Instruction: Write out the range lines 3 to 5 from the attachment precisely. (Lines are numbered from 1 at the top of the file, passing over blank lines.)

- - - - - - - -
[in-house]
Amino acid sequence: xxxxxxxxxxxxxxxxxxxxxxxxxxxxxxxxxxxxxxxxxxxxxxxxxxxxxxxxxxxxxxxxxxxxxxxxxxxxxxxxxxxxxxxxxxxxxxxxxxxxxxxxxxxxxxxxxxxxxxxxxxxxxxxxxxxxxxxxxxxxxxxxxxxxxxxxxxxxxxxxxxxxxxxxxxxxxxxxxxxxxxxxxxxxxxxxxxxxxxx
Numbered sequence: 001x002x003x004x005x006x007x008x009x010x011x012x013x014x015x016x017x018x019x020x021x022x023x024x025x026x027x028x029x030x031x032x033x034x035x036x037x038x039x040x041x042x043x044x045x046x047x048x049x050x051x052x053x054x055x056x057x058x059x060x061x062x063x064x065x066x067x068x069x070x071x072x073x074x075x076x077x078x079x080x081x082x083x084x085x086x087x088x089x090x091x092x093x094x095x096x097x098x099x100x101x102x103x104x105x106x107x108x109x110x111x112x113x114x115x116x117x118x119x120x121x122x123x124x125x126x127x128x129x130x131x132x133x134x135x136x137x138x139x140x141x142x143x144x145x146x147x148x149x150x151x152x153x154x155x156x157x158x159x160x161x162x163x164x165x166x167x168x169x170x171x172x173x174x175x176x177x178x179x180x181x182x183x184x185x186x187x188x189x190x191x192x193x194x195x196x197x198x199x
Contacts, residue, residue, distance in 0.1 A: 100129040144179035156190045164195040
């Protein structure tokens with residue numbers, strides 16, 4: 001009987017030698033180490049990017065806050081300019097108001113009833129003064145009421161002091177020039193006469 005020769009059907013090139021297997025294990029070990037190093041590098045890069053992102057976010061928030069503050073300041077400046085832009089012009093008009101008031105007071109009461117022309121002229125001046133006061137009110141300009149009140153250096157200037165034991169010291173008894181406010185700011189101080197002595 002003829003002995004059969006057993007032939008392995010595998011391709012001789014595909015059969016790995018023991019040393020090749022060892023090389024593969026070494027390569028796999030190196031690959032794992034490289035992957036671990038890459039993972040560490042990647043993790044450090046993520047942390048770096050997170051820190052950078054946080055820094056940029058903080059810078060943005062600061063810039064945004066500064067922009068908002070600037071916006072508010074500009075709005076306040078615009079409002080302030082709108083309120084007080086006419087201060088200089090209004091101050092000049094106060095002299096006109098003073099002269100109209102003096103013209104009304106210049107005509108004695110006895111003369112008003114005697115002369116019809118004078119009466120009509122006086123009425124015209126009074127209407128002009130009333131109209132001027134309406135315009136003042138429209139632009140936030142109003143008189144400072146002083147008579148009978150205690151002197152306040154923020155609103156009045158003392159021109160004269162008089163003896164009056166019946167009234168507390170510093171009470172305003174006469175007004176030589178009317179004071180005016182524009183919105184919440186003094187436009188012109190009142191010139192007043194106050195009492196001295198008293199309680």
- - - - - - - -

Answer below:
Numbered sequence: 001x002x003x004x005x006x007x008x009x010x011x012x013x014x015x016x017x018x019x020x021x022x023x024x025x026x027x028x029x030x031x032x033x034x035x036x037x038x039x040x041x042x043x044x045x046x047x048x049x050x051x052x053x054x055x056x057x058x059x060x061x062x063x064x065x066x067x068x069x070x071x072x073x074x075x076x077x078x079x080x081x082x083x084x085x086x087x088x089x090x091x092x093x094x095x096x097x098x099x100x101x102x103x104x105x106x107x108x109x110x111x112x113x114x115x116x117x118x119x120x121x122x123x124x125x126x127x128x129x130x131x132x133x134x135x136x137x138x139x140x141x142x143x144x145x146x147x148x149x150x151x152x153x154x155x156x157x158x159x160x161x162x163x164x165x166x167x168x169x170x171x172x173x174x175x176x177x178x179x180x181x182x183x184x185x186x187x188x189x190x191x192x193x194x195x196x197x198x199x
Contacts, residue, residue, distance in 0.1 A: 100129040144179035156190045164195040
């Protein structure tokens with residue numbers, strides 16, 4: 001009987017030698033180490049990017065806050081300019097108001113009833129003064145009421161002091177020039193006469 005020769009059907013090139021297997025294990029070990037190093041590098045890069053992102057976010061928030069503050073300041077400046085832009089012009093008009101008031105007071109009461117022309121002229125001046133006061137009110141300009149009140153250096157200037165034991169010291173008894181406010185700011189101080197002595 002003829003002995004059969006057993007032939008392995010595998011391709012001789014595909015059969016790995018023991019040393020090749022060892023090389024593969026070494027390569028796999030190196031690959032794992034490289035992957036671990038890459039993972040560490042990647043993790044450090046993520047942390048770096050997170051820190052950078054946080055820094056940029058903080059810078060943005062600061063810039064945004066500064067922009068908002070600037071916006072508010074500009075709005076306040078615009079409002080302030082709108083309120084007080086006419087201060088200089090209004091101050092000049094106060095002299096006109098003073099002269100109209102003096103013209104009304106210049107005509108004695110006895111003369112008003114005697115002369116019809118004078119009466120009509122006086123009425124015209126009074127209407128002009130009333131109209132001027134309406135315009136003042138429209139632009140936030142109003143008189144400072146002083147008579148009978150205690151002197152306040154923020155609103156009045158003392159021109160004269162008089163003896164009056166019946167009234168507390170510093171009470172305003174006469175007004176030589178009317179004071180005016182524009183919105184919440186003094187436009188012109190009142191010139192007043194106050195009492196001295198008293199309680």